A tiny origami robot that unfolds from a swallowed capsule and can steer itself around a human body can be used to remove obstacles in the digestive tract and patch up internal wounds.
The robot moves via external magnetic fields and has been used to remove a swallowed button battery and patch a wound in a simulated human oesophagus.
The robot is the successor to an earlier model that uses the same propulsion technique, a ‘stick-slip’ motion, in which its appendages stick to a surface through friction when it executes a move, but slip free again when its body flexes to change its weight distribution.
It consists of two layers of structural material sandwiching a material that shrinks when heated. A pattern of slits in the outer layers determines how the robot will fold when the middle layer contracts.
“It’s really exciting to see our small origami robots doing something with potential important applications to health care,” said professor Daniela Rus with the Massachusetts Institute of Technology, who worked on the project.
“For applications inside the body, we need a small, controllable, untethered robot system. It’s really difficult to control and place a robot inside the body if the robot is attached to a tether.”
The robot is a significant upgrade from the earlier model and has been given a series of structural modifications.
“Stick-slip only works when, one, the robot is small enough and, two, the robot is stiff enough,” said student Steven Guitron, who helped develop the device. “With the original Mylar design, it was much stiffer than the new design, which is based on a biocompatible material.”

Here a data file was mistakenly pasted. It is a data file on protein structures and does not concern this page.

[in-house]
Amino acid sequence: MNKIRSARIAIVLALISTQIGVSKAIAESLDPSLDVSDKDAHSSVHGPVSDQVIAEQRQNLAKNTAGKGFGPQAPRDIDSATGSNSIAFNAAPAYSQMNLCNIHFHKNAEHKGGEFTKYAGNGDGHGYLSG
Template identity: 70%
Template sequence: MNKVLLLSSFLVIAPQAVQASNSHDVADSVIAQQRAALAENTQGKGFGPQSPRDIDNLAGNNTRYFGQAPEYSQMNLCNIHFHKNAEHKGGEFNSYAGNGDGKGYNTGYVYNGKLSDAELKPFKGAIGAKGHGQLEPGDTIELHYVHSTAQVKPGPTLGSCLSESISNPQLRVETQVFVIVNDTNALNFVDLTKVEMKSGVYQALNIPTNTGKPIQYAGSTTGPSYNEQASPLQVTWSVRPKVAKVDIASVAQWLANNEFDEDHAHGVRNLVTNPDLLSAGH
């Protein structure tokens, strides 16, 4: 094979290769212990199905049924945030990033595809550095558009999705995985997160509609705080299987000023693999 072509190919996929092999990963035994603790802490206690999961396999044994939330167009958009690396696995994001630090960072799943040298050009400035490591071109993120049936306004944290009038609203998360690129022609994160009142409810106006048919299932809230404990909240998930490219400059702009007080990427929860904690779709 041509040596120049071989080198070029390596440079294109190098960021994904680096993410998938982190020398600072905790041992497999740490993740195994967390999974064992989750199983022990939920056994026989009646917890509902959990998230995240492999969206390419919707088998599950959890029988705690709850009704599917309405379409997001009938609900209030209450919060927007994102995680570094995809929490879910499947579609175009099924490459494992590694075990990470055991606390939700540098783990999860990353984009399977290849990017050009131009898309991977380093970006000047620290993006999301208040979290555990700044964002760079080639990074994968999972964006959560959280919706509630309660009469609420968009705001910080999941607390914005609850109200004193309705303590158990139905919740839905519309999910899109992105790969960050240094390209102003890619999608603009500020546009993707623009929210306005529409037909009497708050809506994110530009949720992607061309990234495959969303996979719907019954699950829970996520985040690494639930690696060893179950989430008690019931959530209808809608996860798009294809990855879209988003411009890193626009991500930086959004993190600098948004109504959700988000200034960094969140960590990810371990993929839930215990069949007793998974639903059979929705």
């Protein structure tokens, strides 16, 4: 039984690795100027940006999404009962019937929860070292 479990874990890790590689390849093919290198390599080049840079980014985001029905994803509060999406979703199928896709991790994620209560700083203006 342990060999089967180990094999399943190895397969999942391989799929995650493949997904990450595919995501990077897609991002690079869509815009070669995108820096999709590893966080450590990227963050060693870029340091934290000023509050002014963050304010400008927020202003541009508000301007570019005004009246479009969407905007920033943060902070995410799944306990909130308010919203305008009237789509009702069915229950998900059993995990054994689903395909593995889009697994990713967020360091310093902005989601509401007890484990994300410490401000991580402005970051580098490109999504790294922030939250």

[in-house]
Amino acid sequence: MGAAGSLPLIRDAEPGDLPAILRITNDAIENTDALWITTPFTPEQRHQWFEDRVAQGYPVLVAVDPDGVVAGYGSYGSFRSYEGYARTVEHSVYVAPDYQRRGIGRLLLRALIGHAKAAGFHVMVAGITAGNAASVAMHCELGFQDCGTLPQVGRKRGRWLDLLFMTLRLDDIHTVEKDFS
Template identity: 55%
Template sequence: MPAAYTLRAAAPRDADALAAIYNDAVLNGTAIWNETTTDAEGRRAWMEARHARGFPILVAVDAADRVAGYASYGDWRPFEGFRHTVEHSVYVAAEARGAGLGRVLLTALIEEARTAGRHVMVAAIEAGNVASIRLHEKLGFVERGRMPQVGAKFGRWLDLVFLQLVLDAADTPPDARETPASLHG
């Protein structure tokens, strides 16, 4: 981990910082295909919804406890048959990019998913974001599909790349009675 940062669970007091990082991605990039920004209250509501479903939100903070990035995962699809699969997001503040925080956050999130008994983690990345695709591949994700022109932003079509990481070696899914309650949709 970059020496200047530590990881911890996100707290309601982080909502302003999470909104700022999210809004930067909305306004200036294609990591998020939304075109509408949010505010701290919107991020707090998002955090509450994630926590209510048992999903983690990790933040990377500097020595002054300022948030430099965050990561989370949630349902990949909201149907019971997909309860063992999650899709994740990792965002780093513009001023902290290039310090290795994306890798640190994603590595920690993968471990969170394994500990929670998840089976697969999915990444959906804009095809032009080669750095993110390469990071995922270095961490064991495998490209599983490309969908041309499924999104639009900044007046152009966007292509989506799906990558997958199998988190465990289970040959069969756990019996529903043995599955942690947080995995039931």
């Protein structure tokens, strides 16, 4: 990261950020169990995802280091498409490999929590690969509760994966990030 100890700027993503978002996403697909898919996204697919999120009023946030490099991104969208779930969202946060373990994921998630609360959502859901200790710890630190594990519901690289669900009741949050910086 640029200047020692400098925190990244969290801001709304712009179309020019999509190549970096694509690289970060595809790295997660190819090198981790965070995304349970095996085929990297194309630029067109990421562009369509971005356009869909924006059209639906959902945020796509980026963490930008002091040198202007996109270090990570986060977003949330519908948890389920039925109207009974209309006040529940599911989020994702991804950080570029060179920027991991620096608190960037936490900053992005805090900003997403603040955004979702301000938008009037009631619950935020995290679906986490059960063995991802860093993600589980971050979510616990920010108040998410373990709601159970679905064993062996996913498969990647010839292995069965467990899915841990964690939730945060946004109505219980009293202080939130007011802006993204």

To compensate for the biocompatible material’s relative malleability, the researchers had to come up with a design that required fewer slits. At the same time, its folds increase stiffness along certain axes.
But the robot doesn’t rely entirely on stick-slip motion because the stomach is filled with fluids. Twenty per cent of its forward motion is carried out by thrusting itself through the body’s liquid using a fin which is attached to its body.
It also had to be possible to compress the robot enough that it could fit inside a capsule for swallowing; similarly, when the capsule dissolved, the forces acting on the robot had to be strong enough to cause it to fully unfold.
Through a design process that Guitron describes as ‘mostly trial and error’, the researchers arrived at a rectangular robot with accordion folds perpendicular to its long axis and pinched corners that act as points of traction.
In the centre of one of the forward accordion folds is a permanent magnet that responds to changing magnetic fields outside the body, which control the robot’s motion. The forces applied to the robot are principally rotational. A quick rotation will make it spin in place, but a slower rotation will cause it to pivot around one of its fixed feet
The team created a synthetic stomach to test the device using a pig intestine and a mixture of water and lemon juice to simulate the acidic fluids.
“This concept is both highly creative and highly practical, and it addresses a clinical need in an elegant way,” says Bradley Nelson, a professor of robotics at the Swiss Federal Institute of Technology Zurich. “It is one of the most convincing applications of origami robots that I have seen.”
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